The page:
Hoops Unlimited celebrates 25 years

The location of the annual Hoops Unlimited basketball camps may have changed over the years, but many things have stayed the same.

Campers still learn the basics of basketball while playing games organized by grade level.

(Photo by CHARLES CURCIO/Staff)
Lily Hager drives to the basket guarded closely by Mary Beth Bowers during a game at the 25th annual Hoops Unlimited Camp.

Former campers continue to come back every year to work as camp counselors.

Finally, two men have been the driving force of the camp for 25 years.

(Photo by CHARLES CURCIO/Staff) Gavin Helms goes up high for the block during an afternoon game.

Former Richfield basketball coach Larry Gibson and former East Rowan High School coach Rick Roseman continued the camp’s tradition recently by hosting the 25th annual Hoops Unlimited.

For 13 years, Roseman coached the Mustangs’ men’s basketball varsity team, while Gibson coached at Richfield and North Stanly Middle for 25 years. Gibson has been on the Hoops Unlimited staff for 18 years.

(Photo by CHARLES CURCIO/Staff) Isaiah Blalock fends off a defender.

Roseman, along with three other coaches, first formed the camp in 1994 as the East Rowan Basketball Camp which had a total of 43 over two weeks. Eventually, that camp grew to three weeks.

By 2002, the camp moved to Richfield because of Roseman’s friendship with Gibson. After two years of being known as the Richfield and North Hills Christian Camps separately, the two camps became Hoops Unlimited in 2004. The camp location changed to Erwin Middle School in 2009. In 2011, the camp moved to its current home at North Stanly Middle.

Gibson said Roseman’s “ability to lead a staff and to teach fundamental basketball skills and life skills to young people” is one reason the camp has continued.

For himself, Gibson said the best parts of the camp every year include “a great hot lunch, fast pace of teaching, caring nurturing staff and Rick Roseman.”

A number of this year’s camp counselors spent many a summer at the camps, including current Newberry College player Luke Gibson, who was a long-time camper before joining the staff five years ago.

(Photo by CHARLES CURCIO/Staff)Andrea Furr puts the ball on the floor in a game.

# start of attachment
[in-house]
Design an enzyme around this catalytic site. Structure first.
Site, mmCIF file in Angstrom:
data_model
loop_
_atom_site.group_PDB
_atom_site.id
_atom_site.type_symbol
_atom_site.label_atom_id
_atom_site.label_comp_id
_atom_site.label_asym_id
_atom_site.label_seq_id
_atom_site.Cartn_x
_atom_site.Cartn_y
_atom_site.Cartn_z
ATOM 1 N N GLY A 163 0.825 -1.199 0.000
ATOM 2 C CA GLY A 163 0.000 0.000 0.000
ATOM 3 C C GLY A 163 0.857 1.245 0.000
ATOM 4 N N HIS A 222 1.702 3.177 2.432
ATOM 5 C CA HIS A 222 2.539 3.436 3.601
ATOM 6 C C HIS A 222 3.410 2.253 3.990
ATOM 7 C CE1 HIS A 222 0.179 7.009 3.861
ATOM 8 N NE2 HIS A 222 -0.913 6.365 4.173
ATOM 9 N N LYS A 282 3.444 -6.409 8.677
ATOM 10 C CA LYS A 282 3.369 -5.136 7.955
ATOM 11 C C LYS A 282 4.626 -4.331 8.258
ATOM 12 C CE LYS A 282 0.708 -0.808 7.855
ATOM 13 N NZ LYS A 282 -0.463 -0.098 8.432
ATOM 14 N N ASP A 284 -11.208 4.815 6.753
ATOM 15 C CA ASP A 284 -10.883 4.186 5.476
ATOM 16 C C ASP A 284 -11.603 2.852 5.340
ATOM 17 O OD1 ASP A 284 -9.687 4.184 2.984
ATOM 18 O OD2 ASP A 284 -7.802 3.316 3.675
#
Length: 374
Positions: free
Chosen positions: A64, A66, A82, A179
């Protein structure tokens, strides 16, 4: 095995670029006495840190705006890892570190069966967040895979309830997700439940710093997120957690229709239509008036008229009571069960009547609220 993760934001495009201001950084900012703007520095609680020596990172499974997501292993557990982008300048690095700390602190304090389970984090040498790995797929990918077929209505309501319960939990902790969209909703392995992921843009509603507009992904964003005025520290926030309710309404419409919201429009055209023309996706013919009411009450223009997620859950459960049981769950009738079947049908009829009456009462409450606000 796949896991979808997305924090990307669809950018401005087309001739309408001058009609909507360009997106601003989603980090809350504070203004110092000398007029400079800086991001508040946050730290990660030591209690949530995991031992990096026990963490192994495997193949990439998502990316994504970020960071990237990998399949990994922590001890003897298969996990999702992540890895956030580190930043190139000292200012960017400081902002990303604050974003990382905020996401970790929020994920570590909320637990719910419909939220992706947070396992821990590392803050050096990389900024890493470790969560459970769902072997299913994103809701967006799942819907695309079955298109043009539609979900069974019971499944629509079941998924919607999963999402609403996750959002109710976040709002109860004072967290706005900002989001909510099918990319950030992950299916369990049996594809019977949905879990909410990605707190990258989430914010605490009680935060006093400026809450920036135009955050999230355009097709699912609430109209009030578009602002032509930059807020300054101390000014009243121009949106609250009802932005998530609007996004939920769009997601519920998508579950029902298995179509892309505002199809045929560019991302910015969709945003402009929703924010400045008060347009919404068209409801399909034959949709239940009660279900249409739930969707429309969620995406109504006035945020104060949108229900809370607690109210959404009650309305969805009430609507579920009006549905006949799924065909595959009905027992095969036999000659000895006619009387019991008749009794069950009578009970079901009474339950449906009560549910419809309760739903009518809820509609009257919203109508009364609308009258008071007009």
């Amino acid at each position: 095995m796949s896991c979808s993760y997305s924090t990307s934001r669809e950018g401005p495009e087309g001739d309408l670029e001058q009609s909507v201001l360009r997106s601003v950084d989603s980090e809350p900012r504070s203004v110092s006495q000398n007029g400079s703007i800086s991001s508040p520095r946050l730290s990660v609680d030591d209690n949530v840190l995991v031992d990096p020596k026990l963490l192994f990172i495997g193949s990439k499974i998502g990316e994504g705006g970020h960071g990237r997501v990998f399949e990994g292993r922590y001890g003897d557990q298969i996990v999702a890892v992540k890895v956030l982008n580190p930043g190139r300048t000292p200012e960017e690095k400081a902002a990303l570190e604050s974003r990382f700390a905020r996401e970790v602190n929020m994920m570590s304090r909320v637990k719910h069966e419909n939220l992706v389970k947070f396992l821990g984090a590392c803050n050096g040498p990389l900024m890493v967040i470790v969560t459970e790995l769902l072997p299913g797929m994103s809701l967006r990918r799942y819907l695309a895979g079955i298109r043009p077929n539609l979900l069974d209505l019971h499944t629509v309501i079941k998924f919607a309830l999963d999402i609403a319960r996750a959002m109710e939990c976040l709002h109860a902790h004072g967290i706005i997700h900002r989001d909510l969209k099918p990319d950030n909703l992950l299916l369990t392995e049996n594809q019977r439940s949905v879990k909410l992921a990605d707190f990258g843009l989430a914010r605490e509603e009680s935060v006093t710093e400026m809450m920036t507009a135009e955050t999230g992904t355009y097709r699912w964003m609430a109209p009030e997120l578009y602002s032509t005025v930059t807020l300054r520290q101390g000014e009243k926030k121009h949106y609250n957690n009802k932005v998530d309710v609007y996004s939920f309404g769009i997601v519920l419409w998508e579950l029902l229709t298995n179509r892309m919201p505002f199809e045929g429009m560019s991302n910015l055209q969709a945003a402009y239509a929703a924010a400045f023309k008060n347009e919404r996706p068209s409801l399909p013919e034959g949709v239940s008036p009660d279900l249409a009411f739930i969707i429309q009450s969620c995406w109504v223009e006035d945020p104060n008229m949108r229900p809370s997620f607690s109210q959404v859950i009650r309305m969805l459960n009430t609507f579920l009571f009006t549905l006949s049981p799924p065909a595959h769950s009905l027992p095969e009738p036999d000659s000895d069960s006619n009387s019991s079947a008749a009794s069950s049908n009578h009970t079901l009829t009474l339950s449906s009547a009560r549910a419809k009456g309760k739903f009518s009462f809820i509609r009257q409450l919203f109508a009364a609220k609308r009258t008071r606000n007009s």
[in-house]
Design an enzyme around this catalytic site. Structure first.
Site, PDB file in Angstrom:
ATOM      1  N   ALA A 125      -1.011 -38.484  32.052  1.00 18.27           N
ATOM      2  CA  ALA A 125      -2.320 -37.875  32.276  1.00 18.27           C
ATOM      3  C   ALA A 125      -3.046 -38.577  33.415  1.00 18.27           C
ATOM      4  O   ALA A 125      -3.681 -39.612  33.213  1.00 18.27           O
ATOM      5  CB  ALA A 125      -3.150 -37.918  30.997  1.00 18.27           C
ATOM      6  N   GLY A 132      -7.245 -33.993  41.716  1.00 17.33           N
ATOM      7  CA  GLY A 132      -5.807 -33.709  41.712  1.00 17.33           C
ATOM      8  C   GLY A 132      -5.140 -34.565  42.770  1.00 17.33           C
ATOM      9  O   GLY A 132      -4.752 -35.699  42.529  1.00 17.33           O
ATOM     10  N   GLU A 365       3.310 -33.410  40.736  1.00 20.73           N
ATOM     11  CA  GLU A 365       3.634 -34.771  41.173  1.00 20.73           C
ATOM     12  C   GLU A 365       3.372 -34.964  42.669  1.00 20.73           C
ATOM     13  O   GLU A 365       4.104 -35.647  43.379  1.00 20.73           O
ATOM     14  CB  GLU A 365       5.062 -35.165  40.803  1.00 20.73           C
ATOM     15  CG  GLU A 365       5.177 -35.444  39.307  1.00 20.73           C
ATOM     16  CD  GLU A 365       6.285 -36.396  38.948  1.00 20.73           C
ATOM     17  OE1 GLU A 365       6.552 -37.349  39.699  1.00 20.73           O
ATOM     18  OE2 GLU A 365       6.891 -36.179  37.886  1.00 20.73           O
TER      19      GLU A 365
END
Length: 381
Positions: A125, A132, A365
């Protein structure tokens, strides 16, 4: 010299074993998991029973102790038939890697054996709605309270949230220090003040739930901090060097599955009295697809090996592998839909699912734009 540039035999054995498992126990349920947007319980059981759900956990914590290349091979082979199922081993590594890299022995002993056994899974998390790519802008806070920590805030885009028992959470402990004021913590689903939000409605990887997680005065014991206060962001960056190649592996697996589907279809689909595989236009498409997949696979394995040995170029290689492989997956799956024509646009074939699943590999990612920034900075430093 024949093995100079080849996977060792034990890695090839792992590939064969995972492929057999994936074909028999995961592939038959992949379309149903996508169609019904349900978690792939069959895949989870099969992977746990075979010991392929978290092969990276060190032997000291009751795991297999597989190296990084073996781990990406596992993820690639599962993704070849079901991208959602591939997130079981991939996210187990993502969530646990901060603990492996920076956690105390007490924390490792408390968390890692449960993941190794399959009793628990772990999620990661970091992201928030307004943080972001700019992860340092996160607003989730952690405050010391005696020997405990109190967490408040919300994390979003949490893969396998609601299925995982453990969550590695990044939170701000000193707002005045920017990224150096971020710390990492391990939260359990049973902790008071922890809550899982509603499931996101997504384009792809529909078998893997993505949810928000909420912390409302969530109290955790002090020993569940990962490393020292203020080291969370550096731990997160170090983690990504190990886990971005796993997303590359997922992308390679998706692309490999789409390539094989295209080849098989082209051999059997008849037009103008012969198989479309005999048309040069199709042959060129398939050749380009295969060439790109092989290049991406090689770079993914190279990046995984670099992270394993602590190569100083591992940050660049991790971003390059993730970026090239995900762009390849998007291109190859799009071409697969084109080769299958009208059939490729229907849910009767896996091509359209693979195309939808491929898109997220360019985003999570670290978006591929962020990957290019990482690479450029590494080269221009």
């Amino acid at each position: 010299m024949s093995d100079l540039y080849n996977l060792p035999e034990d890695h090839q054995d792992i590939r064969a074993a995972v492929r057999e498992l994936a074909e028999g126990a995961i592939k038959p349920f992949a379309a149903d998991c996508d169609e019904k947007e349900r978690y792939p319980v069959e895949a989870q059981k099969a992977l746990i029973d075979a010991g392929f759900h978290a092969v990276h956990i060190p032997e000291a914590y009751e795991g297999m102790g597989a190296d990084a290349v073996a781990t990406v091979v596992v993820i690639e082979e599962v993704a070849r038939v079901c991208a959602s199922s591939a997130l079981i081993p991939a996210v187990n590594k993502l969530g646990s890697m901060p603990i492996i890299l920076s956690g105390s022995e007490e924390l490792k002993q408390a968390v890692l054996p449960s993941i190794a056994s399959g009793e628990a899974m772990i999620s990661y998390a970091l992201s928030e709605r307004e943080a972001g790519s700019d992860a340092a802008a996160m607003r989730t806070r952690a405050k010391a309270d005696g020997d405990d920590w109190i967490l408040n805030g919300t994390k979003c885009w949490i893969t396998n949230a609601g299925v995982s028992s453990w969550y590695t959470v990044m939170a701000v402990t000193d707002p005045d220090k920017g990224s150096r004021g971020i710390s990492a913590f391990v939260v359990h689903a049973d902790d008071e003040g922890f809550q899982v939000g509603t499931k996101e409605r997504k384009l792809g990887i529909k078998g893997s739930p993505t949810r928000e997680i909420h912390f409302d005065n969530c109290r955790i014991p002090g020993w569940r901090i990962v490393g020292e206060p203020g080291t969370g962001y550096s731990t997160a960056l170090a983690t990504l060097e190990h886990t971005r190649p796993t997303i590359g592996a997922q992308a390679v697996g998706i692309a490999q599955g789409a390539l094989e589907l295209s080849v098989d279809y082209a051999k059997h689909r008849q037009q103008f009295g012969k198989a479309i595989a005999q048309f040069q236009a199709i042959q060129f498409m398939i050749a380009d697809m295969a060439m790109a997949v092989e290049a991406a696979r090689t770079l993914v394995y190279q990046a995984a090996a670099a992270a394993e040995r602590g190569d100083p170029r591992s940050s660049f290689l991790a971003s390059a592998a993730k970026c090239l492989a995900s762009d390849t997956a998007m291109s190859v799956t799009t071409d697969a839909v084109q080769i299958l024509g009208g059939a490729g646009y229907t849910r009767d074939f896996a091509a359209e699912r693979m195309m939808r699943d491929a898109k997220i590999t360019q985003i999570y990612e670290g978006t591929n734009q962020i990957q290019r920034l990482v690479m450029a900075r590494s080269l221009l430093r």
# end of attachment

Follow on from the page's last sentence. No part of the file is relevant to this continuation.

Coach Gibson said he had pictures of Luke from previous camps where he “was just knee-high to a grasshopper.” The coach added “obviously, it’s extremely rewarding to see players like that go through the camp. We try to follow them through high school and see them play occasionally.”

Another returning counselor, former North Stanly and Catawba standout Brooke Whitley, has coached in high school. She has been on staff for 15 years.

In choosing assistants, Coach Gibson said it is all about “selecting quality young people that have a passion to teach kids and to actually talk to these kids about life and basketball.”

(Photo by CHARLES CURCIO/Staff) Jack Williams drives the baseline looking for a layup.

The best basketball counselors, Gibson said, have fun with the kids on the court playing knockout, 1-on-1 or other games.


“The kids all look up to the counselors…Roseman emphasizes having fun. We want (campers) to learn basketball and teach skills…if you want it bad enough, you can be a good player.”

Using Luke as an examples, Coach Gibson said the current Newberry player “is not tall or overly fast, but he just worked and worked. His willpower got him to play college basketball. He will get an education, a degree, all powered by his skills in basketball.”

Gibson said the kids have so much fun at the camps, adding “you would think maybe they

would get sick of basketball, but they don’t…they are constantly moving and not in a station more then eight to 10 minutes.”


(Photo by CHARLES CURCIO/Staff) Carson Wells (left) looks to drive to the basket guarded by Charlie Shaver.

After years of working a defensive station, Gibson is now the man in charge of the daily all-you-can-eat lunch, working the grill. The coach said he feels that aspect of the camp is appealing to the campers.

The two week time frame is exhausting to himself and Roseman, Gibson said, but he said the two still have a passion for the camps.

If the right coach came along that share Roseman and his philosophy on the camp, Gibson said, they “wouldn’t have problems passing the torch” to another.

Until then, however, Gibson said “as long as Rick needs me, we will still be a team.”